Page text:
Every Main Character In Blonde, Ranked Worst To Best

Andrew Dominik's "Blonde" has finally made its worldwide debut, bringing with it the expected controversy. A success at the Venice International Film Festival, the film became one of the most critically polarizing arthouse dramas in years, inspiring both fervent defenders and mortified detractors to talk about it, write about it, and tweet scorching hot takes about it.

The reason for all the hubbub is plain: The film, adapted from Joyce Carol Oates' much-celebrated novel, takes a fictional approach to the life and times of one of the greatest Hollywood icons of all time, Marilyn Monroe — a stage name that "Blonde" pointedly positions as such, instead referring to the woman and listing her in the credits as "Norma Jeane." As if the artistically liberalized, proudly fantastical way Oates imagined Norma Jeane's life wasn't enough to stir the pot, "Blonde" makes a series of abrasive, potentially off-putting decisions in the way that it brings that story to the screen, largely reducing it to a mournful Passion of the Christ by way of Old Hollywood, with Monroe as the martyr who suffered for all of America's sins.

It's a concept that gets claustrophobic at points, and it's up to each viewer to determine whether that's a good or bad thing. On a pure craft level, at least, "Blonde" is frequently astonishing, starting with the many actors who clock into Norma's stations of the cross. Here, we've attempted to rank those actors' performances — with the caveat that all of them are, at a minimum, good.

11. Dan Butler as I. E. Shinn

"Blonde" is filled with men who abuse Norma Jeane: Men who beat her, men who rape her, men who drug her, men who put her through years of psychological torture, and men who force her to get abortions. And then there's I. E. Shinn, Norma Jeane's agent, who abuses her by providing service, offering up a reassuring smile, and then being utterly indifferent to her suffering. 

The cheerful normality with which Shinn leads her into being sexually exploited at the hands of "Mr. Z" is icky enough, but then he keeps one-upping himself, openly belittling her request to re-do an audition (while pretending to support her), ignoring her concerns about her career, and screwing her over financially. He's the embodiment of all the harm done to Norma by the film industry, hiding under the guise of adulation.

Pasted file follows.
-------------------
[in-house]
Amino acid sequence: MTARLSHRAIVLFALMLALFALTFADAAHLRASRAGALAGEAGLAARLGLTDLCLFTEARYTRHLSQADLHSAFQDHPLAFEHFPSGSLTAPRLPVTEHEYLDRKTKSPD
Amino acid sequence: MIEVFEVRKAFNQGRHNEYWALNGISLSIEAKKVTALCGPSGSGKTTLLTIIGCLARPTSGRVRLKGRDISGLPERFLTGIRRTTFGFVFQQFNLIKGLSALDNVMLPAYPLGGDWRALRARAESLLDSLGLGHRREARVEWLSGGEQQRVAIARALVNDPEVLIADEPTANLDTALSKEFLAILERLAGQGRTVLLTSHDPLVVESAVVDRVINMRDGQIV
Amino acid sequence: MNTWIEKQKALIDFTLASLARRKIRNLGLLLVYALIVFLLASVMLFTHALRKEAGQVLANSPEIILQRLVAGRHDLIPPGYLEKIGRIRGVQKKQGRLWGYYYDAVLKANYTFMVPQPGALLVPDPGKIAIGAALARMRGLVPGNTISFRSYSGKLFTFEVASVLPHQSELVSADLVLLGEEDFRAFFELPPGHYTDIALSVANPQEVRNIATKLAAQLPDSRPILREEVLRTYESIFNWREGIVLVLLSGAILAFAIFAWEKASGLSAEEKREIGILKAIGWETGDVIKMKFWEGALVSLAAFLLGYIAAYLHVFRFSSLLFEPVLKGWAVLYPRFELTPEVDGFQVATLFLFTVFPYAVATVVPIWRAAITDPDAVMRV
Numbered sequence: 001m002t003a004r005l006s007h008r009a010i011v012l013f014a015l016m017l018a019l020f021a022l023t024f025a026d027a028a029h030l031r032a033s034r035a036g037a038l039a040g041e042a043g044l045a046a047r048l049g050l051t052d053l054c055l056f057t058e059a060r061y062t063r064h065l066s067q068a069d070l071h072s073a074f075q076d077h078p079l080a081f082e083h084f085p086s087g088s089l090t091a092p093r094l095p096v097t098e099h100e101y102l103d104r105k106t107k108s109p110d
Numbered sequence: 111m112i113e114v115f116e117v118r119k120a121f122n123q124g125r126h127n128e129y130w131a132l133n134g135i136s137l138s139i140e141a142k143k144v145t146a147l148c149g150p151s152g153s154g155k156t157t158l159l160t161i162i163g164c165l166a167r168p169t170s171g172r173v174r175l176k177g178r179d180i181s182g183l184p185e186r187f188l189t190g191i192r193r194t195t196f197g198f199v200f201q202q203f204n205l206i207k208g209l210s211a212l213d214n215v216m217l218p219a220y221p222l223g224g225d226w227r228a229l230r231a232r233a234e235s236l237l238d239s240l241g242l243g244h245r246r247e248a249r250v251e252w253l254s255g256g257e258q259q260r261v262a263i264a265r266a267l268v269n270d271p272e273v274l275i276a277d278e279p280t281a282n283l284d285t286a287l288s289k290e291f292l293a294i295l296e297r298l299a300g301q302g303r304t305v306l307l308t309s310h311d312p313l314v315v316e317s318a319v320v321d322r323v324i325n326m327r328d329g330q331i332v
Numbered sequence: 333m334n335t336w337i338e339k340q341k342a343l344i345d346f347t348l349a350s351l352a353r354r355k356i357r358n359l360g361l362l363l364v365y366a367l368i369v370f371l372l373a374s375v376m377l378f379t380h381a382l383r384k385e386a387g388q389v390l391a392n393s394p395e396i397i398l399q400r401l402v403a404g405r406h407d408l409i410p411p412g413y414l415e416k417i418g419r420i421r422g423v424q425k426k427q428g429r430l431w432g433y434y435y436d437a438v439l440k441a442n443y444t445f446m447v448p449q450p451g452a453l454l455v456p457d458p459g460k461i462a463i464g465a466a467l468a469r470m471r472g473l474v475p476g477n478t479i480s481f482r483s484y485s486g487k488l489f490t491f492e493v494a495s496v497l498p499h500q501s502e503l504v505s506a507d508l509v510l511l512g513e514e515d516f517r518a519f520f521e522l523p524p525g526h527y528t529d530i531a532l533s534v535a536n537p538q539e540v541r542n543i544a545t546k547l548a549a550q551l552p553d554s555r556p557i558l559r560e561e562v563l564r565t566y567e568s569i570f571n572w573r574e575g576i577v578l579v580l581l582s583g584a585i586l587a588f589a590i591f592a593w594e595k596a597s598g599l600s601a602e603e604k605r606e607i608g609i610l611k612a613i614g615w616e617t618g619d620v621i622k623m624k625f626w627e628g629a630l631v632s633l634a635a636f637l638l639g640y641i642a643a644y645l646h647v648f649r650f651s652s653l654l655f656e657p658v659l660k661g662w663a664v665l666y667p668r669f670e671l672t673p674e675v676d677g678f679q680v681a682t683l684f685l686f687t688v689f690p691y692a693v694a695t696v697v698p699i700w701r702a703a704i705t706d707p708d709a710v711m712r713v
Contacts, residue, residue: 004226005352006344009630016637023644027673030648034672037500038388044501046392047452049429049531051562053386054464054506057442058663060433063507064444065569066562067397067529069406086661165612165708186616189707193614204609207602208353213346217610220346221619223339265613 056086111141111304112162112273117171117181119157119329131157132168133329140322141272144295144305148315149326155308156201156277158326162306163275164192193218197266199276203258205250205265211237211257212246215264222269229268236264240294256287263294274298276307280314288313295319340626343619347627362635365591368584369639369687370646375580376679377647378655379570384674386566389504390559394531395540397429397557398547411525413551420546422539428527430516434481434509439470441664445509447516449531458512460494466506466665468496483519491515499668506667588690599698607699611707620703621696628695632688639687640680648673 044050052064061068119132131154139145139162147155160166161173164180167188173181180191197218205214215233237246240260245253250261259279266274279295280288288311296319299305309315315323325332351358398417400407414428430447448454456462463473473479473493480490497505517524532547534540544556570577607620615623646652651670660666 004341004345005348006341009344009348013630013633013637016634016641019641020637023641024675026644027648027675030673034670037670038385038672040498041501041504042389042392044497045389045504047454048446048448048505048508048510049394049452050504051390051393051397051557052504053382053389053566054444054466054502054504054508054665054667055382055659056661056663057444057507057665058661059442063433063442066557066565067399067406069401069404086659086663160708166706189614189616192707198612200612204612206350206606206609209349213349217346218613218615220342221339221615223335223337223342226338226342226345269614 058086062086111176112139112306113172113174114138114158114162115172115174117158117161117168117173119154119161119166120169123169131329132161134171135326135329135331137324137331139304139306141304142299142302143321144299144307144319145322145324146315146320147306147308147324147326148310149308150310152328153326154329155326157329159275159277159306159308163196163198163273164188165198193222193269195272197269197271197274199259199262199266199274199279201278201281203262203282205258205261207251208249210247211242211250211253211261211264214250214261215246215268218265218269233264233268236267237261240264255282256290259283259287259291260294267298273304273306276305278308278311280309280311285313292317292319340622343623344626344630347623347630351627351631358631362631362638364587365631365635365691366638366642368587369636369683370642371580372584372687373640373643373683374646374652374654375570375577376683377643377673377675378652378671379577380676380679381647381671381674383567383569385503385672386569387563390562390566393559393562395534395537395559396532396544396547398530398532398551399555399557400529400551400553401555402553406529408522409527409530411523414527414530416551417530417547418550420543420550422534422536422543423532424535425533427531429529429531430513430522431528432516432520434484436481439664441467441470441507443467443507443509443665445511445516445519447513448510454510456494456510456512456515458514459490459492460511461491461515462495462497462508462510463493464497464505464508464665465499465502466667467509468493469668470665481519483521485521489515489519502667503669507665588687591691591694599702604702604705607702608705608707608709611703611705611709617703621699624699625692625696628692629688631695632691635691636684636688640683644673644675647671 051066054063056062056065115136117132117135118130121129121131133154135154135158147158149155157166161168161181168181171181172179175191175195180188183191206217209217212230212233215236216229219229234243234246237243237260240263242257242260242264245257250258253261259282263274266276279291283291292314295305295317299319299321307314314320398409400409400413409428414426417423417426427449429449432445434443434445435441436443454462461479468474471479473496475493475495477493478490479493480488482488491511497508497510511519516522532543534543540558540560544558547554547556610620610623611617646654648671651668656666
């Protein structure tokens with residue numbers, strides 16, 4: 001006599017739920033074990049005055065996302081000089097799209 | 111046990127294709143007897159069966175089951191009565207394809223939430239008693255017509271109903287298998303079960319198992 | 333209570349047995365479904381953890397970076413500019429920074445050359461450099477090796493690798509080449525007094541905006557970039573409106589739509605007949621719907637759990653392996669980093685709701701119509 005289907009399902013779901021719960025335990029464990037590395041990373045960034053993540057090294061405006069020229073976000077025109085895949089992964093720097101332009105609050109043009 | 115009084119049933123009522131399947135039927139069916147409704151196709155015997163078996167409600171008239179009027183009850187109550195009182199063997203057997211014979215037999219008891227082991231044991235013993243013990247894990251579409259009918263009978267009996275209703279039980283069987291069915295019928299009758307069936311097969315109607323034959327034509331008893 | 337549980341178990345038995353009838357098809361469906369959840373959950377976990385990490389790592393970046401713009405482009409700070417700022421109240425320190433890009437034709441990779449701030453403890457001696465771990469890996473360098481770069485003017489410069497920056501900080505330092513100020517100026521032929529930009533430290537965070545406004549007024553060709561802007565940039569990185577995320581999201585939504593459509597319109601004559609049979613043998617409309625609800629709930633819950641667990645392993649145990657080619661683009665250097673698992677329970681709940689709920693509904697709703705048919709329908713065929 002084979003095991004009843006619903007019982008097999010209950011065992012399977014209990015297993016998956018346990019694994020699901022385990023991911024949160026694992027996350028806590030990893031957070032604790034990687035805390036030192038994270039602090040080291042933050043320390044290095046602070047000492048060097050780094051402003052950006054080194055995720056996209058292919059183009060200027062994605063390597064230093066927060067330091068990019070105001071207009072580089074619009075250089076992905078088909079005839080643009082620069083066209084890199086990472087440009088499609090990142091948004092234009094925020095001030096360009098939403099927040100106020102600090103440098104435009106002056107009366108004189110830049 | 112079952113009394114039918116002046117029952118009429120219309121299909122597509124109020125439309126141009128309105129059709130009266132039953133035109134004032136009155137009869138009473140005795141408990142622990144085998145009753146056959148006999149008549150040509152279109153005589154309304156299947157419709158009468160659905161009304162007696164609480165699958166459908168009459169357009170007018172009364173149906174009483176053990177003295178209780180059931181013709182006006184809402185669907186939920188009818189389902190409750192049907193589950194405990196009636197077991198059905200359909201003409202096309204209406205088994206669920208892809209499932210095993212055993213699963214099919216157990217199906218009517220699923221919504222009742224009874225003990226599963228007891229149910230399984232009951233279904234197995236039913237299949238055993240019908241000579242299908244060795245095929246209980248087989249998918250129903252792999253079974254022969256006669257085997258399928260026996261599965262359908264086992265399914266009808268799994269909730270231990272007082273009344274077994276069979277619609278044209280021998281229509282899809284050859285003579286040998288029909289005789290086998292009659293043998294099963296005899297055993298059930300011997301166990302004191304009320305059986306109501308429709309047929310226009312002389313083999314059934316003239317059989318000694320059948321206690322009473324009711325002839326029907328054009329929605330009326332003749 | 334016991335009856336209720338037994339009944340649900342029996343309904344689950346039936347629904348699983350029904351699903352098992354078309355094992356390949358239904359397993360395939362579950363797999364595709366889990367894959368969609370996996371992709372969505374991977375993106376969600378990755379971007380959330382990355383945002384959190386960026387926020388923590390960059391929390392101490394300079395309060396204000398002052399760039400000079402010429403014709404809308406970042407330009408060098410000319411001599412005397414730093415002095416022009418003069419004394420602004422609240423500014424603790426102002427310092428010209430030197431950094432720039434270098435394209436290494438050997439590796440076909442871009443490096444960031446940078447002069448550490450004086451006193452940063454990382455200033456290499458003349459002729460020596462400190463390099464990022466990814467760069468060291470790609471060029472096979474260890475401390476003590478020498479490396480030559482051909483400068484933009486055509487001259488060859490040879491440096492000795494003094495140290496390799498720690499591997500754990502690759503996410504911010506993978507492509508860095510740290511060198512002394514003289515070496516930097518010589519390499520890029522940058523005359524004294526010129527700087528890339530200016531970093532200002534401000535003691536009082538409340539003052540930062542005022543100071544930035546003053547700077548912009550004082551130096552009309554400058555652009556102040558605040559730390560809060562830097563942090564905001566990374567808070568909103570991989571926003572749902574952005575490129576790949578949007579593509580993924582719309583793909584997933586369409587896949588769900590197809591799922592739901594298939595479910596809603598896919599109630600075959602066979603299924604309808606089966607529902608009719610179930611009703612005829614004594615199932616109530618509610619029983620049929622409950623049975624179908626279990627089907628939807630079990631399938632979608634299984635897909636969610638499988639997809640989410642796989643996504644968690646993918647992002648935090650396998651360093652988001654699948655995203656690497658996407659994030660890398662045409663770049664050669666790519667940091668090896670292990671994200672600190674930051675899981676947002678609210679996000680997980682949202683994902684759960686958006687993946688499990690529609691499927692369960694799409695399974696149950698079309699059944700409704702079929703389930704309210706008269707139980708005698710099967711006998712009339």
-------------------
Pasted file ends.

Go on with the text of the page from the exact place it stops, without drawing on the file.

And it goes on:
You'd be excused for not picking up on the character's importance to "Blonde" on a first go-round, given that Shinn only shows up physically in three scenes, with two additional appearances via phone call. Every time that he appears, however, Dan Butler makes his small role count, fully committing to a weaselly performance-within-a-performance that never drops below the level of acceptable patriarchal manhandling. It's very small but quite solid work.

If you or anyone you know has been a victim of sexual assault, help is available. Visit the Rape, Abuse & Incest National Network website or contact RAINN's National Helpline at 1-800-656-HOPE (4673).

10. Evan Williams as Eddy Robinson Jr.

Every relationship of a romantic or sexual nature that Norma Jeane has in "Blonde" turns out to be exploitative in some way. Many of those relationships are, indeed, nothing but exploitative — part and parcel with the cavalcade of endless misery the film puts Norma through. But there are also those relationships that give her, and us, some hope of respite, only for it to be snatched away, making the sting that much harder in the end. In "Blonde," Norma isn't just denied happiness; she is repeatedly made to mourn it.

Norma's relationship with Cass Chaplin and Eddy Robinson Jr., for example, appears to toe the line between exploitation and bliss, only for later scenes to make the case that she's actually having just as much fun as the boys. The lingering source of tension in those scenes is Eddy, whose connection to Norma isn't explored very deeply, rendering him as a sort of mystery. What does he want? How does he feel about their arrangement? What is Norma to him? 

Evan Williams plays Eddy so that those questions are never answered, and his wry, ever-so-slightly bitter smile suggests that he has a harder time than Cass getting over his existential hang-ups. When the boys show their true colors, Eddy's betrayal is both more and less shocking than Cass'; his opacity is striking, but somewhat frustrating from a narrative standpoint.